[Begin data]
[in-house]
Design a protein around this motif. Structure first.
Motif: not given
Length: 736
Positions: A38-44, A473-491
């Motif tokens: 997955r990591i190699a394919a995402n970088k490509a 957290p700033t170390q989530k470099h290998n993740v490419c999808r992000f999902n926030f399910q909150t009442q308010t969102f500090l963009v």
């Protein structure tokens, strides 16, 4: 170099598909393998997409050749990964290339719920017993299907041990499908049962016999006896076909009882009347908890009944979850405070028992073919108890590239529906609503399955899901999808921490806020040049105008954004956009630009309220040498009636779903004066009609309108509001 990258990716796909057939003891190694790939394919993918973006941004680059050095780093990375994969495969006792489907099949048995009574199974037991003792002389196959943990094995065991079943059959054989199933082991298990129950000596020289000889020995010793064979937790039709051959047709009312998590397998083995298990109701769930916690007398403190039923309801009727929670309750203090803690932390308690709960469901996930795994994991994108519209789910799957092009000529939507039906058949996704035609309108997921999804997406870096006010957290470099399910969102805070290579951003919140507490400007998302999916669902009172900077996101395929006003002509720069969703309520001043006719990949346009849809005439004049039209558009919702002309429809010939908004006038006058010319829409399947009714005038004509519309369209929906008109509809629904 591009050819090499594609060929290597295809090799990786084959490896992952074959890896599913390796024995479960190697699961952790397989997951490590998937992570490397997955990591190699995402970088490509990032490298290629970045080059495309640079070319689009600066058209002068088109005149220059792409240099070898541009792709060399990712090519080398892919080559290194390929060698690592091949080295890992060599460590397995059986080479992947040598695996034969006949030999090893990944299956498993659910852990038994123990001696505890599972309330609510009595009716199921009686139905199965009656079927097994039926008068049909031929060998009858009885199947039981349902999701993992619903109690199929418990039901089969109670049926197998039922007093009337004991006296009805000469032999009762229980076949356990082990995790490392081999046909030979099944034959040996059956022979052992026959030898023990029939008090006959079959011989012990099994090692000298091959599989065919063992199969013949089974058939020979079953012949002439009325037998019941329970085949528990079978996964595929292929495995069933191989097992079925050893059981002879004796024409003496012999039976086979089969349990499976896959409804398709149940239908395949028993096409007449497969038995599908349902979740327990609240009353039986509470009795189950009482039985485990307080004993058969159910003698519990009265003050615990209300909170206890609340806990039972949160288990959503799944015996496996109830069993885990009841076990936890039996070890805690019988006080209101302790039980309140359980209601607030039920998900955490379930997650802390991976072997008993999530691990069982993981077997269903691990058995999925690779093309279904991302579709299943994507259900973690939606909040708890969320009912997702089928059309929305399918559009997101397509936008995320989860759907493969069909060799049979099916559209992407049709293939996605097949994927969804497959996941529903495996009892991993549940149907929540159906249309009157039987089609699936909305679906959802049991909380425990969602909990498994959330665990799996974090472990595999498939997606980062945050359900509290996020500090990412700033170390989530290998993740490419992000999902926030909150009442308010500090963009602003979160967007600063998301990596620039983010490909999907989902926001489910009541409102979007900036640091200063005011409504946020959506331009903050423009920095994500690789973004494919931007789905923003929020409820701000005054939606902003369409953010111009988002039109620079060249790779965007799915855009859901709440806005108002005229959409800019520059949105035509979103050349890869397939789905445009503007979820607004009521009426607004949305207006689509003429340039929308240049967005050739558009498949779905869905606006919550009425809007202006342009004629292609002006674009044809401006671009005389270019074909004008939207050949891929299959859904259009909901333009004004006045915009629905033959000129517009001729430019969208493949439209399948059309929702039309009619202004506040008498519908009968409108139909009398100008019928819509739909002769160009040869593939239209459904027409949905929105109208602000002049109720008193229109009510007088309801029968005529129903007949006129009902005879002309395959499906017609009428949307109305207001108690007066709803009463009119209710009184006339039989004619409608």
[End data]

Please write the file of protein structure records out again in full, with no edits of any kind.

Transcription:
[in-house]
Design a protein around this motif. Structure first.
Motif: not given
Length: 736
Positions: A38-44, A473-491
């Motif tokens: 997955r990591i190699a394919a995402n970088k490509a 957290p700033t170390q989530k470099h290998n993740v490419c999808r992000f999902n926030f399910q909150t009442q308010t969102f500090l963009v």
């Protein structure tokens, strides 16, 4: 170099598909393998997409050749990964290339719920017993299907041990499908049962016999006896076909009882009347908890009944979850405070028992073919108890590239529906609503399955899901999808921490806020040049105008954004956009630009309220040498009636779903004066009609309108509001 990258990716796909057939003891190694790939394919993918973006941004680059050095780093990375994969495969006792489907099949048995009574199974037991003792002389196959943990094995065991079943059959054989199933082991298990129950000596020289000889020995010793064979937790039709051959047709009312998590397998083995298990109701769930916690007398403190039923309801009727929670309750203090803690932390308690709960469901996930795994994991994108519209789910799957092009000529939507039906058949996704035609309108997921999804997406870096006010957290470099399910969102805070290579951003919140507490400007998302999916669902009172900077996101395929006003002509720069969703309520001043006719990949346009849809005439004049039209558009919702002309429809010939908004006038006058010319829409399947009714005038004509519309369209929906008109509809629904 591009050819090499594609060929290597295809090799990786084959490896992952074959890896599913390796024995479960190697699961952790397989997951490590998937992570490397997955990591190699995402970088490509990032490298290629970045080059495309640079070319689009600066058209002068088109005149220059792409240099070898541009792709060399990712090519080398892919080559290194390929060698690592091949080295890992060599460590397995059986080479992947040598695996034969006949030999090893990944299956498993659910852990038994123990001696505890599972309330609510009595009716199921009686139905199965009656079927097994039926008068049909031929060998009858009885199947039981349902999701993992619903109690199929418990039901089969109670049926197998039922007093009337004991006296009805000469032999009762229980076949356990082990995790490392081999046909030979099944034959040996059956022979052992026959030898023990029939008090006959079959011989012990099994090692000298091959599989065919063992199969013949089974058939020979079953012949002439009325037998019941329970085949528990079978996964595929292929495995069933191989097992079925050893059981002879004796024409003496012999039976086979089969349990499976896959409804398709149940239908395949028993096409007449497969038995599908349902979740327990609240009353039986509470009795189950009482039985485990307080004993058969159910003698519990009265003050615990209300909170206890609340806990039972949160288990959503799944015996496996109830069993885990009841076990936890039996070890805690019988006080209101302790039980309140359980209601607030039920998900955490379930997650802390991976072997008993999530691990069982993981077997269903691990058995999925690779093309279904991302579709299943994507259900973690939606909040708890969320009912997702089928059309929305399918559009997101397509936008995320989860759907493969069909060799049979099916559209992407049709293939996605097949994927969804497959996941529903495996009892991993549940149907929540159906249309009157039987089609699936909305679906959802049991909380425990969602909990498994959330665990799996974090472990595999498939997606980062945050359900509290996020500090990412700033170390989530290998993740490419992000999902926030909150009442308010500090963009602003979160967007600063998301990596620039983010490909999907989902926001489910009541409102979007900036640091200063005011409504946020959506331009903050423009920095994500690789973004494919931007789905923003929020409820701000005054939606902003369409953010111009988002039109620079060249790779965007799915855009859901709440806005108002005229959409800019520059949105035509979103050349890869397939789905445009503007979820607004009521009426607004949305207006689509003429340039929308240049967005050739558009498949779905869905606006919550009425809007202006342009004629292609002006674009044809401006671009005389270019074909004008939207050949891929299959859904259009909901333009004004006045915009629905033959000129517009001729430019969208493949439209399948059309929702039309009619202004506040008498519908009968409108139909009398100008019928819509739909002769160009040869593939239209459904027409949905929105109208602000002049109720008193229109009510007088309801029968005529129903007949006129009902005879002309395959499906017609009428949307109305207001108690007066709803009463009119209710009184006339039989004619409608």